Ryan Giggs has hit the headlines after being revealed as the footballer who tried to use the court system to stop details of his alleged affair entering the public domain.
And while mere adultery would never have got the Welshman close to the top 10 of our sporting scandals, his embarrassing attempts to stem the flow of information on the internet have made sure he and alleged mistress Imogen Thomas will always have their place in history.
In drawing up our list of top 10 sporting scandals we have not just focused on drug cheats or other crimes against fair play. If we'd included those, then 1988 Olympic 100m 'champion' Ben Johnson, Formula One legend Michael Schumacher and the entire sport of cycling would be on the list.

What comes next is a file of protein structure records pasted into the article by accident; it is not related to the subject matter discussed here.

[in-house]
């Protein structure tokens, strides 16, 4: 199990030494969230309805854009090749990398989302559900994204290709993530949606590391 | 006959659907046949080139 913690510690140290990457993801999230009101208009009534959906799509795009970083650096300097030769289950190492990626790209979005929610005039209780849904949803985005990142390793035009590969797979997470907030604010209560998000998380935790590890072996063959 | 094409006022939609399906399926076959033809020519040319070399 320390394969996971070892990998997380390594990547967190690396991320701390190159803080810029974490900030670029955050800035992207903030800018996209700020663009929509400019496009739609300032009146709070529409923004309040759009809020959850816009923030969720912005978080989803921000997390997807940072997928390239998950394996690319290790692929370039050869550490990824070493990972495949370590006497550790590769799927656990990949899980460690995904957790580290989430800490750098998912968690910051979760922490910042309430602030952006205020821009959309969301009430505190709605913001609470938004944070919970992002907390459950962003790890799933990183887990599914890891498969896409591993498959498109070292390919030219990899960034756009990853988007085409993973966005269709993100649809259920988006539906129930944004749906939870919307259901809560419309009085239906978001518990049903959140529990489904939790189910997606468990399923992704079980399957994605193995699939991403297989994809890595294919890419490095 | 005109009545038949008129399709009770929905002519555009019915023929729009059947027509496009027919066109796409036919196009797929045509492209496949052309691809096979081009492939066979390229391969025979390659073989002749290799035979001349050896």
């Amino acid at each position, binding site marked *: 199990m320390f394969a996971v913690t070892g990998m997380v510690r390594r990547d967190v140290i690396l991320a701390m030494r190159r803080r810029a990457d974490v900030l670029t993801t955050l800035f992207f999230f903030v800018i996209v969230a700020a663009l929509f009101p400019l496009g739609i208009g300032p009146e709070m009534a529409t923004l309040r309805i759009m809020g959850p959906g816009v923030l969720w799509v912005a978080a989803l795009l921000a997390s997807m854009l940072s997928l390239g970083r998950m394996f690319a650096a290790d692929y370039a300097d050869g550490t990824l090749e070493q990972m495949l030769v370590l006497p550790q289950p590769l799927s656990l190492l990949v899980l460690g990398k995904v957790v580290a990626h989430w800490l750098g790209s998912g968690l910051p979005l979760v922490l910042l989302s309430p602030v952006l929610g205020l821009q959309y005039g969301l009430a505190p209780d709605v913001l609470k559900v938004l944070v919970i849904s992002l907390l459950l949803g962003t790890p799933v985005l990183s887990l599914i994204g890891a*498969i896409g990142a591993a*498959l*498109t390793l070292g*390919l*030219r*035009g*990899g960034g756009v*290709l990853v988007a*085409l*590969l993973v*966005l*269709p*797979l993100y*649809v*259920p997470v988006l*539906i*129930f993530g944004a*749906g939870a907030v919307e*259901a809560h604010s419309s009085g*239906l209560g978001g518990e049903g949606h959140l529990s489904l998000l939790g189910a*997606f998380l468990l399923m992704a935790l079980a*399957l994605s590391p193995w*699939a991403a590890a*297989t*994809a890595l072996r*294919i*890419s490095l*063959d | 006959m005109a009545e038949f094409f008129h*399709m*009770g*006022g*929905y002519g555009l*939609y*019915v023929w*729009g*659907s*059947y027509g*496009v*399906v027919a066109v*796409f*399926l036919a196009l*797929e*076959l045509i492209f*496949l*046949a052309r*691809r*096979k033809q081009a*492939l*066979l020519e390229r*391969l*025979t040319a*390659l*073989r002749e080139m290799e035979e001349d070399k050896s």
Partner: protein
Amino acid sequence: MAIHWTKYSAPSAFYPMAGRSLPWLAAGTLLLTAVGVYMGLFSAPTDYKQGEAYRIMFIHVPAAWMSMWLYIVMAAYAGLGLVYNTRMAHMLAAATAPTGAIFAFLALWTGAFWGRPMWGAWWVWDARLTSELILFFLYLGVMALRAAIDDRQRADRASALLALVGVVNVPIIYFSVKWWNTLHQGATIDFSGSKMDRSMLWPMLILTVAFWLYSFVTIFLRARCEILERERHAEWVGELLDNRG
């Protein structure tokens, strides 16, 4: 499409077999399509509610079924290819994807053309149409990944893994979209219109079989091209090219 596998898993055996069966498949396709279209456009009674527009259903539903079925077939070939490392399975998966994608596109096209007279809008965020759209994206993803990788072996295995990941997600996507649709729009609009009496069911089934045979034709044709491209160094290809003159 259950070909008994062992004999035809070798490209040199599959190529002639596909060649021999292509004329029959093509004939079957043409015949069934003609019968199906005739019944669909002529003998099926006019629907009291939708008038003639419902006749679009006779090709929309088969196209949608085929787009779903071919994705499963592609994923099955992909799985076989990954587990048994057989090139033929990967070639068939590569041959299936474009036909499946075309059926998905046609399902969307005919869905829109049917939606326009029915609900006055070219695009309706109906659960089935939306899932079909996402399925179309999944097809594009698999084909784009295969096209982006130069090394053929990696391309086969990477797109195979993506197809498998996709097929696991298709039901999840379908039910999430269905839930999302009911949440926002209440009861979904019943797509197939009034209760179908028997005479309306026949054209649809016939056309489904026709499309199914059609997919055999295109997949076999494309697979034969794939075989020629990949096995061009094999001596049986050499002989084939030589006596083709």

Instead, we've focused on those incidents which have caught the public imagination - and found their way all over the front pages as well as the back.
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10. Ryan Giggs versus
When news of a super injunction preventing the media from
naming a married Premier League star accused of infidelity in the spring of 2011,
few would have imagined that Manchester United's veteran winger Ryan Giggs was
the man in question.
Yet it was indeed the 37-year-old, still playing sublime
football despite his advancing years, at the centre of it. Model and former
Big Brother contestant Imogen Thomas was prevented from giving any details of
the alleged affair, while newspapers fumed about the courts gagging them
despite the decidedly grey areas in UK privacy law.
The super injunction appeared to be holding firm - despite
an MP alluding to his name on TV news quiz Have I Got News For You - and
Giggs's identity seemed set to remain out of the public domain.